This year's Crime Fiction Weekend may be online, but that's no reason to miss out on a taste of the full Oxford experience. Our guest blogger - bestselling author and Oxford resident Cara Hunter - uncovers what this criminally good event is all about and provides a few handy tip-offs for fans of crime fiction.
Oxford must have had more murders per square foot than pretty much anywhere else in the country. I’m talking fictional murders, of course: between them Morse, Lewis and Endeavour have made this city the killing capital of the UK. You can’t take a turning without being reminded that this is where some ambitious don met their maker, or pass a pub without a sign telling you ‘Morse drank here’. And that doesn’t include all the other authors who’ve set at least one whodunnit in this town. It adds a pleasantly chilling frisson to the many joys of living in this place, but it also makes for one hell of a challenge if you’re a crime writer, trying to find any corner (literally) to call your own. So how do you do it? I found one answer and other contemporary writers have developed their own. You can uncover all this – and, yes, more Morse – at St Hilda's Crime Fiction Weekend, which is online 13-15 August 2021, and comes with its own murder mystery to be solved by one lucky winner...
DAILY INFO: What's your favourite place in Oxford for ideas and inspiration?
CH: I don't tend to set my books in the centre of town - I'm more interested in the interlocking communities that ring the 'gown' part of the city, so for me, I get ideas from driving round the outer edges of town, just looking at the differences between places that are actually quite close together geographically. Though there is one place in the centre of town that inspired a scene (and theme) in Close to Home, and that's the Pitt Rivers Museum. My favourite museum in Oxford, and absolutely fascinating (and more than a bit scary, too).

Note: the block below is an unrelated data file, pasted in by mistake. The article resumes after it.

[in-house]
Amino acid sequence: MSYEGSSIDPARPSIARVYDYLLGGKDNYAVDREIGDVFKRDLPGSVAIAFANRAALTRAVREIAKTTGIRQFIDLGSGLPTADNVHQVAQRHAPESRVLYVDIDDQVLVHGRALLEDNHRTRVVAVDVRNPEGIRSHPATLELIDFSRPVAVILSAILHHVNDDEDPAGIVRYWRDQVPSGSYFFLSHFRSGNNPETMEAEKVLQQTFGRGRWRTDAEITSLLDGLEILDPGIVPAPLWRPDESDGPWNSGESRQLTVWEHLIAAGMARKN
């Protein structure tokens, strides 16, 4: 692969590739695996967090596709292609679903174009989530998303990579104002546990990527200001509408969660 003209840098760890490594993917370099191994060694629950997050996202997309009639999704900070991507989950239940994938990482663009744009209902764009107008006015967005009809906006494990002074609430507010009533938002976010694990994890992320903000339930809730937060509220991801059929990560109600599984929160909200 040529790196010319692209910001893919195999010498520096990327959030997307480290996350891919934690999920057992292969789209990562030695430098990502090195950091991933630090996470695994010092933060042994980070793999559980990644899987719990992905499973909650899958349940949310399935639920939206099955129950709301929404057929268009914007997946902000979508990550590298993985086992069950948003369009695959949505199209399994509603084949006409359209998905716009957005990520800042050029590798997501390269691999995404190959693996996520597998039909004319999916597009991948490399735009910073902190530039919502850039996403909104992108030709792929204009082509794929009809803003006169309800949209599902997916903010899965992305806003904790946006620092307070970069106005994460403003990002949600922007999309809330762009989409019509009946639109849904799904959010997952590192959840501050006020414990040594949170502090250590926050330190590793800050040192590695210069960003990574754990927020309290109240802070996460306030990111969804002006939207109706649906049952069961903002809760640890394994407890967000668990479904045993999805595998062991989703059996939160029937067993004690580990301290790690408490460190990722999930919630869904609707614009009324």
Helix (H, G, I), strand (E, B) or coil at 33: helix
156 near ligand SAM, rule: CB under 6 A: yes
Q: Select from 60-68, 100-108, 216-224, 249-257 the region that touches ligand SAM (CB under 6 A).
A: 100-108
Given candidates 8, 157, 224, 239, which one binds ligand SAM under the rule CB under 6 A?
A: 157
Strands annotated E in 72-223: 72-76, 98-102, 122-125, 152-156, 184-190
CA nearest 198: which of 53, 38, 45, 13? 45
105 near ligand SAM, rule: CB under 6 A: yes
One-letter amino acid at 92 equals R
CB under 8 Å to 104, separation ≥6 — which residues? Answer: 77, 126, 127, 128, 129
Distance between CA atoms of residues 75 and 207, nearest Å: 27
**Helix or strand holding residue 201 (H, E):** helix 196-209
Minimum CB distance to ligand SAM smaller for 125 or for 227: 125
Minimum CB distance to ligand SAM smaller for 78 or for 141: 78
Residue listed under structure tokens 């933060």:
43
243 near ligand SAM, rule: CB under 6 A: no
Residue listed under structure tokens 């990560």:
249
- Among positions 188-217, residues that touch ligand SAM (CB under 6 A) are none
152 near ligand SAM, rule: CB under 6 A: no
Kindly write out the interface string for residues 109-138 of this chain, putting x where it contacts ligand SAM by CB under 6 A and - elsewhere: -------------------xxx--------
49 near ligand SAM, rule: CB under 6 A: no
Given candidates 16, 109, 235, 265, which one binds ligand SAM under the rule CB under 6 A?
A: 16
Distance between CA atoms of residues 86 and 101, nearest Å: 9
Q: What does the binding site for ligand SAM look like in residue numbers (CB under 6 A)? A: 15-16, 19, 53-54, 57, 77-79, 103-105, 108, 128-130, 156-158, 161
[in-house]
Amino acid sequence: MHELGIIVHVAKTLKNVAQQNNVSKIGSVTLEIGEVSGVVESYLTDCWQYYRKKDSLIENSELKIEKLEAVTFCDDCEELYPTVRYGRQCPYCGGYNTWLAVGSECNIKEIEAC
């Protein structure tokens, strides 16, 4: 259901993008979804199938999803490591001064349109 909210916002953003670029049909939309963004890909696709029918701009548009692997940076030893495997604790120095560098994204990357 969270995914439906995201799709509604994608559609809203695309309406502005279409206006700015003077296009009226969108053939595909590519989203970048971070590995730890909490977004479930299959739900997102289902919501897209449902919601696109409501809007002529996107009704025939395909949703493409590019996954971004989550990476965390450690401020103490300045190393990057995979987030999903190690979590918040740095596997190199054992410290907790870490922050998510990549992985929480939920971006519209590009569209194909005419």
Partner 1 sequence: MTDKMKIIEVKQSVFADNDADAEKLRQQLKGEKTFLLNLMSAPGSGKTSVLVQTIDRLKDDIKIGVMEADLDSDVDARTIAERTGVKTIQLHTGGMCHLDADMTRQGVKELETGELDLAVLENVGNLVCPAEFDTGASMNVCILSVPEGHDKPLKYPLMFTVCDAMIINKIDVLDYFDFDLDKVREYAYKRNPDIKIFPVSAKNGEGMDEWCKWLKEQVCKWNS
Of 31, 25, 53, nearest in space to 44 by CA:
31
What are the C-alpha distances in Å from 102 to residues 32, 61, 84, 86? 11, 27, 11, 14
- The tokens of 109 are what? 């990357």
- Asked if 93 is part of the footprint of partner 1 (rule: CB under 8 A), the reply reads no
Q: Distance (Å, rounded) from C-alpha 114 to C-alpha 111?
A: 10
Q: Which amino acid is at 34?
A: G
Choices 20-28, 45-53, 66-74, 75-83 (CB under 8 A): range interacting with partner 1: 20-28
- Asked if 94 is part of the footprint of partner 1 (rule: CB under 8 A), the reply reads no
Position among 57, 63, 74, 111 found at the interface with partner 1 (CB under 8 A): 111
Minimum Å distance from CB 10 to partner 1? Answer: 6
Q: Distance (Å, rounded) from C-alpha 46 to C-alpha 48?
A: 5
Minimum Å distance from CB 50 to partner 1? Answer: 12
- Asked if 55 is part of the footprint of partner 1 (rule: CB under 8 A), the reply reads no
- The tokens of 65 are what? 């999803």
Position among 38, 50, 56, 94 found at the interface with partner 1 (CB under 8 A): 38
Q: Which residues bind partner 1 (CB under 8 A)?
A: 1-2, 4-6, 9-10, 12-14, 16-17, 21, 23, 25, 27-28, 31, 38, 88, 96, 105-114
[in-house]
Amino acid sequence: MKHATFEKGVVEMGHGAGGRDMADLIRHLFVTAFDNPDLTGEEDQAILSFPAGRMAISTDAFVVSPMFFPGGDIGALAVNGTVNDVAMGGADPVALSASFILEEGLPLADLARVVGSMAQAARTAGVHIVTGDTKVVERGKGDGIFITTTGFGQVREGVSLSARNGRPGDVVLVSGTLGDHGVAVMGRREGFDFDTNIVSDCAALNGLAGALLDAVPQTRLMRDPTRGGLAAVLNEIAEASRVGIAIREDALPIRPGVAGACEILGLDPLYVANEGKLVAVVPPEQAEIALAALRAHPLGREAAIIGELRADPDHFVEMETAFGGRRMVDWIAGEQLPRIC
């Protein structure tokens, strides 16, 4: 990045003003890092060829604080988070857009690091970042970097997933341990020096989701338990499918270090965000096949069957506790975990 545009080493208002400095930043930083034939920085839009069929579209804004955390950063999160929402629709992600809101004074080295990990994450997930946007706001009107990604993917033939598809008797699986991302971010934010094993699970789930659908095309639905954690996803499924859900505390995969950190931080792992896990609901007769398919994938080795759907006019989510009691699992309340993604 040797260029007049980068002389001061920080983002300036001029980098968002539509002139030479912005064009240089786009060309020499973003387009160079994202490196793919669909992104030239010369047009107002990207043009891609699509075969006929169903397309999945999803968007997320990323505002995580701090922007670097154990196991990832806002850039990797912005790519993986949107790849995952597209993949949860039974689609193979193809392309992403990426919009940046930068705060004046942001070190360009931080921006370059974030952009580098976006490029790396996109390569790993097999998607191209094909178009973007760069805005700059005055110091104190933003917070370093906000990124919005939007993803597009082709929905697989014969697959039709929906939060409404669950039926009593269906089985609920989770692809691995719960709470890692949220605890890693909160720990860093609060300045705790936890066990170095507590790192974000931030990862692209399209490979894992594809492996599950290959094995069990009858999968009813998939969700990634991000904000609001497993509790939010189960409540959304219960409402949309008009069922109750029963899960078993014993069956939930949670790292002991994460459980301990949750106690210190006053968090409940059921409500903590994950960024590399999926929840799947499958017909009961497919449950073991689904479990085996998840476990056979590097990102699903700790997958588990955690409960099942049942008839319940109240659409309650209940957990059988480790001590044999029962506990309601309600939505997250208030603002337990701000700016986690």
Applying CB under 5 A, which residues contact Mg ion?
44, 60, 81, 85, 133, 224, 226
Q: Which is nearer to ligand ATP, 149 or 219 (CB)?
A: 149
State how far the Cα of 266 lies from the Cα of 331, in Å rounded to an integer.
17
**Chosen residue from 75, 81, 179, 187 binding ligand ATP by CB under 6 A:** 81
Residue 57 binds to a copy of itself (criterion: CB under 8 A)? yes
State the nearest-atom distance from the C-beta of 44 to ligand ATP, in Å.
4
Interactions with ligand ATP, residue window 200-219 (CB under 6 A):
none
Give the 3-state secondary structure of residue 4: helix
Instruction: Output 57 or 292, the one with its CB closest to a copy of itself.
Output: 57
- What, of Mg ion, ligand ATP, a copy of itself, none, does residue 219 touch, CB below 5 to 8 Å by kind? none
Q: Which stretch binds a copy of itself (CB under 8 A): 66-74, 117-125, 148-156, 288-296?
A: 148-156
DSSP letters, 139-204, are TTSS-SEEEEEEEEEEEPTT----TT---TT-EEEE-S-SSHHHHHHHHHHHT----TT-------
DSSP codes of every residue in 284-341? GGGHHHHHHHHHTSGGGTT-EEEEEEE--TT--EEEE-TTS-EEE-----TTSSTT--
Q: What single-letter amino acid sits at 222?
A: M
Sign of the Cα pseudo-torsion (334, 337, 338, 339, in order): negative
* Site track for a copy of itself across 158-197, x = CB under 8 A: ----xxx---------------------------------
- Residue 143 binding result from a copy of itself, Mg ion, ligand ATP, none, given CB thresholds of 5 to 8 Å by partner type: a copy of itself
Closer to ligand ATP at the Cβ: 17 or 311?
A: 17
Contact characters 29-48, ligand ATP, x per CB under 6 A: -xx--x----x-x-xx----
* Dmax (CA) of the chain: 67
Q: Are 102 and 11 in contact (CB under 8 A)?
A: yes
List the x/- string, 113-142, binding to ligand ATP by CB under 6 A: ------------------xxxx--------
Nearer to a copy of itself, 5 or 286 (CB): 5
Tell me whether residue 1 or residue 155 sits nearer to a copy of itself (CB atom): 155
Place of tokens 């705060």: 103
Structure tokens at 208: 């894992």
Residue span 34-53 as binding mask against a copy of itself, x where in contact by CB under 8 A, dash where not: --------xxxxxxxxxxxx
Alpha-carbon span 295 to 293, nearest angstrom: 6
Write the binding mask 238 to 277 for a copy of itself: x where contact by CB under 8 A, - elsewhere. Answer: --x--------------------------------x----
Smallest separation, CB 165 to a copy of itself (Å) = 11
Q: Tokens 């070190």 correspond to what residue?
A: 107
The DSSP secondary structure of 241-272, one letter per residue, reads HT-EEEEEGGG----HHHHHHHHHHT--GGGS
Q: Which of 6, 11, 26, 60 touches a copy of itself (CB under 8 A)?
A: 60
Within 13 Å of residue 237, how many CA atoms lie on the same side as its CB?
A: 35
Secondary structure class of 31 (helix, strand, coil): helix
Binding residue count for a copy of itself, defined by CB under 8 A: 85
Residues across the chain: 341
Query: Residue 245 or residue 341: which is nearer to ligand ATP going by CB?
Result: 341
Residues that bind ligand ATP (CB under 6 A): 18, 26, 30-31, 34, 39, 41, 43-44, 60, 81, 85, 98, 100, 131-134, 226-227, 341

DAILY INFO: What's your favourite Oxford bookshop for crime fiction?
CH: We're so lucky to have such fabulous bookshops in Oxford, including the lovely new Daunt Books in Summertown. But if you force me to choose it would have to be the main Blackwell's on Broad Street - they always have great Oxford-related displays and are really good for crime as well.
DAILY INFO: What advice would you give aspiring crime writers?
CH: Never give up! I had a whole career before I started writing crime, so it's never too late to try something new, or strive for that dream. In terms of pure practicalities, writing is just like everything else: the more you practise the better you get. So don't get hung up on needing to find that one wonderful idea - just get writing. Short stories are a great way to learn your craft, and are actually very demanding as a form, especially if you're writing crime. It takes a lot of skill to develop a satisfying narrative in a relatively short space. And keep a notebook - get in the habit of jotting things down - a place that intrigued you, a story in the news, someone you see on the street. You never know where that idea might eventually spring from....
About this event:
St Hilda's Crime Fiction Weekend celebrates Oxford in all its marvellous, murky colours, as a spired city of lofty ideals and grave motives, High Tables and low intentions ... For the second year running, the weekend will be online, offering crime fiction fans the world over the unique experience of hearing their favourite authors discuss the books that inspire and intrigue them. Val McDermid, Mick Herron, Jane Casey, Lucy Atkins, Guillermo Martinez and Cara Hunter are among the line-up. There's even a special guest appearance by Anton Lesser who will be assisting with the solving of a whodunit penned by Andrew Taylor. A beautiful first edition prize from Blackwell's Rare Books goes to whoever cracks The Case of the Cambridge Corpse.
About Cara Hunter
Cara Hunter is the author of the Sunday Times bestselling crime novels Close to Home, In the Dark, No Way Out and All the Rage, all featuring DI Adam Fawley and his Oxford-based police team. Close to Home was a Richard and Judy Book Club pick and was shortlisted for Crime Book of the Year in the British Book Awards 2019. No Way Out was selected by the Sunday Times as one of the 100 best crime novels since 1945. Cara's novels have sold more than a million copies worldwide, and the TV rights to the series have now been acquired by the Fremantle group. She lives in Oxford, on a street not unlike those featured in her books.
Images: Liv Cashman and Maxim Hopman via Unsplash, Oxonist under Creative Commons